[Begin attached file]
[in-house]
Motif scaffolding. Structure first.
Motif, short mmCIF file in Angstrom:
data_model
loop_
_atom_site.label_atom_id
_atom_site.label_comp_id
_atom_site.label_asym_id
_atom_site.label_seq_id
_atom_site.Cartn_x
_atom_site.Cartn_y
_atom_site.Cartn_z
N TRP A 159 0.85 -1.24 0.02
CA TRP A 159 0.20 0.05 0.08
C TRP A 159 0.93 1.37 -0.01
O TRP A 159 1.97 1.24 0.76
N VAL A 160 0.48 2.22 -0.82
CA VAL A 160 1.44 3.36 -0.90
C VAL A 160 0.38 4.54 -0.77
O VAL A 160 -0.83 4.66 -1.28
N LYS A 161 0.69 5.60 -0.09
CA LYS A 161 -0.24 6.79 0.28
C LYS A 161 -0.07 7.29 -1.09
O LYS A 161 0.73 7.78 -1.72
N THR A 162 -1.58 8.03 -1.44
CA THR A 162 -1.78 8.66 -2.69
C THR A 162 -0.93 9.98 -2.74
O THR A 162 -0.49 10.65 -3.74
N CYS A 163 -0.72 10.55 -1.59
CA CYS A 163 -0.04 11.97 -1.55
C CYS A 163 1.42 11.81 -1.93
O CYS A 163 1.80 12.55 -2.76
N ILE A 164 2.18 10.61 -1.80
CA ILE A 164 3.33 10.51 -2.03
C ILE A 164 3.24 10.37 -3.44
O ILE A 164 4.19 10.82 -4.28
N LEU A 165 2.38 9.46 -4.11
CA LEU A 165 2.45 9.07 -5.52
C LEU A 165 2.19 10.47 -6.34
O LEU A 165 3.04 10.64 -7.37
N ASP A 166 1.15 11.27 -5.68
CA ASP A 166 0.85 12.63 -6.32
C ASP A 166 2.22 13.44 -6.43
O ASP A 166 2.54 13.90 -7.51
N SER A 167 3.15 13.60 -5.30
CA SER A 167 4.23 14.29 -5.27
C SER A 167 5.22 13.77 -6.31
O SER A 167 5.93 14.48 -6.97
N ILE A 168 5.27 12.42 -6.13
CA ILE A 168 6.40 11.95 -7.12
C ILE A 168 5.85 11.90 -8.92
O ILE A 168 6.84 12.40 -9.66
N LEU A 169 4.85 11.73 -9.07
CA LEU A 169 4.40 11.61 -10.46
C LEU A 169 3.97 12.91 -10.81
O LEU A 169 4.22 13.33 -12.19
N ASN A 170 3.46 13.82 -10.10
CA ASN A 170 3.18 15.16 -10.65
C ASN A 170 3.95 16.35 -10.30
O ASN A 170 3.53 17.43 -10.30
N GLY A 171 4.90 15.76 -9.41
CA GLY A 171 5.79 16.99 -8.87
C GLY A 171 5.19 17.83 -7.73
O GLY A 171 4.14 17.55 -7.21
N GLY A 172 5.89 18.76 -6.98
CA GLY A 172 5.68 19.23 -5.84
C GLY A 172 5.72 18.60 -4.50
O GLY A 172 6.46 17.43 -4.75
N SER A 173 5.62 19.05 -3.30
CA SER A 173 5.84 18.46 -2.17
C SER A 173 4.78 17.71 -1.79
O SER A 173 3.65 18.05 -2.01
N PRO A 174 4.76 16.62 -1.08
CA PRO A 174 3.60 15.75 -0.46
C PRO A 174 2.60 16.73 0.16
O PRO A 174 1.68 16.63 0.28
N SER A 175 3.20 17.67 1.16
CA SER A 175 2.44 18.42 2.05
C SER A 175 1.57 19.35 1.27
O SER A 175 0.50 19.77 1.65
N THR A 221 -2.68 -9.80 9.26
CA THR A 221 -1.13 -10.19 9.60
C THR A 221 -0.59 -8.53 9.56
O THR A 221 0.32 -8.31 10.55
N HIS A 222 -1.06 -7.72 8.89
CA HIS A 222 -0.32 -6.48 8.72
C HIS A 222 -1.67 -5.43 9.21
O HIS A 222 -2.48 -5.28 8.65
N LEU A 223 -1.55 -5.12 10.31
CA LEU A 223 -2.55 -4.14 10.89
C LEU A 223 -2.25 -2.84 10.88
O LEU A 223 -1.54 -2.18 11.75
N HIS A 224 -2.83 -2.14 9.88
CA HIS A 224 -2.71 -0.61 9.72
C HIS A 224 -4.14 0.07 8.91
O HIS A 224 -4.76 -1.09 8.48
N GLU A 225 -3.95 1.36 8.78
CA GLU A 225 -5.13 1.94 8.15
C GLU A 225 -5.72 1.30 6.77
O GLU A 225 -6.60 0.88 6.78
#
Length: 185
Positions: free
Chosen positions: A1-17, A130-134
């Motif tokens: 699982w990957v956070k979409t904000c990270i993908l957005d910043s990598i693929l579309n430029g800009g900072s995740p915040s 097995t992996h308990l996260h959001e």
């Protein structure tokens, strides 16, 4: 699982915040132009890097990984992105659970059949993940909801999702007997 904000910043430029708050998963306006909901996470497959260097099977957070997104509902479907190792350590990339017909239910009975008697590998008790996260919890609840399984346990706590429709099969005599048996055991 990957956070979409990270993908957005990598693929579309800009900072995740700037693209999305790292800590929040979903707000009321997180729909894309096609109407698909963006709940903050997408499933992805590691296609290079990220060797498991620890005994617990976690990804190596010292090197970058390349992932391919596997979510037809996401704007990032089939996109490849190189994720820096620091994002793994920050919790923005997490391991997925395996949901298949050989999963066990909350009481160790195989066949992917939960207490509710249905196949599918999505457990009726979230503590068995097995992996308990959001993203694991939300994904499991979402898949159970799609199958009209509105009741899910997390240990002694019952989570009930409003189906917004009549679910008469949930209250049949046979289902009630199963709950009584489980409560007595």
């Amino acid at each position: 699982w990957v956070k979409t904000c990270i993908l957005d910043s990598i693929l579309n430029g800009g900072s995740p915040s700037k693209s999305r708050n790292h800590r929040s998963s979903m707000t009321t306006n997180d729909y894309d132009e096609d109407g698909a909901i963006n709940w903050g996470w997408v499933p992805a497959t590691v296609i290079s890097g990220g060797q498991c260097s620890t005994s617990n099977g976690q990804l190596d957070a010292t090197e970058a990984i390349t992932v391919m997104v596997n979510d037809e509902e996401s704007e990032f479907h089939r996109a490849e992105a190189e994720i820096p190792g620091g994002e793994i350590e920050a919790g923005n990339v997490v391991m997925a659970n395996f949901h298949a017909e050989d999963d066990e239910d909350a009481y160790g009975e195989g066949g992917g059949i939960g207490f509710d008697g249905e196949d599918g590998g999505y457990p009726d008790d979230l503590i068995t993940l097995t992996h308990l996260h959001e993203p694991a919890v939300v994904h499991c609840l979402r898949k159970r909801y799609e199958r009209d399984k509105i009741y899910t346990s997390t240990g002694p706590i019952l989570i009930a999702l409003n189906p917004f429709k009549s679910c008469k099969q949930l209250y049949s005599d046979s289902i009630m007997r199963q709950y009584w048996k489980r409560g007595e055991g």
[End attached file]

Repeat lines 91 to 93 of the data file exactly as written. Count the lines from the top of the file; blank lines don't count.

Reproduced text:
C LEU A 223 -2.25 -2.84 10.88
O LEU A 223 -1.54 -2.18 11.75
N HIS A 224 -2.83 -2.14 9.88